• Costume: Chanel
  • Ralf Würth
Costume: Chanel

Fashion serves many purposes, one being a nonnarcotic mood-elevator. Arriving for Chanel at what could at this point be called Karl Lagerfeld’s Grand Palais, one experienced individual and communal glee to the point of giddiness. It happened the moment you took in Lagerfeld’s under-the-sea-scape, a wondrous, stylized environment enclosed in undulating walls and populated by giant sculptural sea life. Stingray, sea horse, shark, anemone, coral branches – all were curvaceous and in various white finishes, matte, glossy, sparkly. The effect was part Disney, part Cocteau, all magical.

Happily, the clothes lived up to the extravaganza. Lagerfeld delivered masterfully with a treasure trove of chic to keep his ladies enthralled. “Chanel makes clothes for daily life,” he proclaimed in a preview. “There are no fish, no mermaids.” By that he meant no kitsch and no fish-tail red-carpet dresses. Rather, the clothes connected to the theme via a mostly pale palette rich with iridescence, shimmer and endless new ways to employ pearls: as borders, single-strand belts, hair and face decorations, even an exoskeletal spine down a girl’s back. Suits included two new variations: one with a short, unconstructed jacket, the other, with a cutaway back. There were countless others, including a jaunty, pearl-encrusted tweed over a knit dress with fluffy tulle pom-poms and a sporty topper beaded to opalescent effect. Decorative motifs ran from spare (black lines forming random angles on dresses and suits) to girly (long, wide blue ribbons applique) to outright flamboyant (exuberant ruffles). And in seaworthy mode, Lagerfeld showed swimwear the Chanel way, all white and sometimes under the cover of plastic.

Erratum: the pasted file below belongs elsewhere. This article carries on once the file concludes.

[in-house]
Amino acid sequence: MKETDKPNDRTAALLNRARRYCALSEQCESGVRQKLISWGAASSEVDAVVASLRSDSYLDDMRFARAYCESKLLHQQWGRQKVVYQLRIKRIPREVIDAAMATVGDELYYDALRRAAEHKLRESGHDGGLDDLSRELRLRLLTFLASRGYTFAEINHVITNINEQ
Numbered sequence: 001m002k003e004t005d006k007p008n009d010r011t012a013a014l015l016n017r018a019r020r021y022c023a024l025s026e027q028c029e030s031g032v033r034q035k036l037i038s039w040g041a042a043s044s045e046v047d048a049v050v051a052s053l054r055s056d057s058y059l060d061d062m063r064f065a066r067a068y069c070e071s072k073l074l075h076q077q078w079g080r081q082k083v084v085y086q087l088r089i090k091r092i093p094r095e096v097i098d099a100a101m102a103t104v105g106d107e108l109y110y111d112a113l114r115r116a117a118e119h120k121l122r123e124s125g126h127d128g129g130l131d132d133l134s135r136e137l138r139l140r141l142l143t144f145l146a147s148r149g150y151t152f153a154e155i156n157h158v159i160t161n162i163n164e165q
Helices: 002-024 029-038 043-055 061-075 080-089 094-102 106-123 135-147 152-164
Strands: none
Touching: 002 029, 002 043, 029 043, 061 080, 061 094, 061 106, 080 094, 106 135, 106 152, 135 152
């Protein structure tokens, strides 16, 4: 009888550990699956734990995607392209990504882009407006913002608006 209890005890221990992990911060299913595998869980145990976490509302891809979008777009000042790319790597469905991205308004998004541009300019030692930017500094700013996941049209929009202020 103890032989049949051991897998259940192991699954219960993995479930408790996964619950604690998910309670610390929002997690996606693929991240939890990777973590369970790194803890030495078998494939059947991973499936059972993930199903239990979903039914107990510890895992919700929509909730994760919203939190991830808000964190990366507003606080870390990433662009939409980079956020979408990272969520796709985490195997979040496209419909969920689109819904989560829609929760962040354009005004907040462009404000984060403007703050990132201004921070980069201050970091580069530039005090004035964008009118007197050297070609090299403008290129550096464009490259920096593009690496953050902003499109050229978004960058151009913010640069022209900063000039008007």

Gorgeous though the clothes looked to the audience, full appreciation requires more intimate viewing, especially because the girls, all 70 of them, walked the show faster than Lagerfeld talks. They emerged from a domelike cave lined in iridescent bubbles. Next to that opening was perched a giant clam, and next to the clam, a harp, lacquered in white. Before the show, Ingrid Sischy took note. “If there’s a harp, there’s Florence,” she said, referring to Lagerfeld’s friend, the singer Florence Welch. And wouldn’t you know, as the show navigated onward, toward the end, the clam opened, and there stood Florence, an enchanting musical Venus, ready to sing. Florence and the ingenious Lagerfeld-Chanel machine.

  • Ralf Würth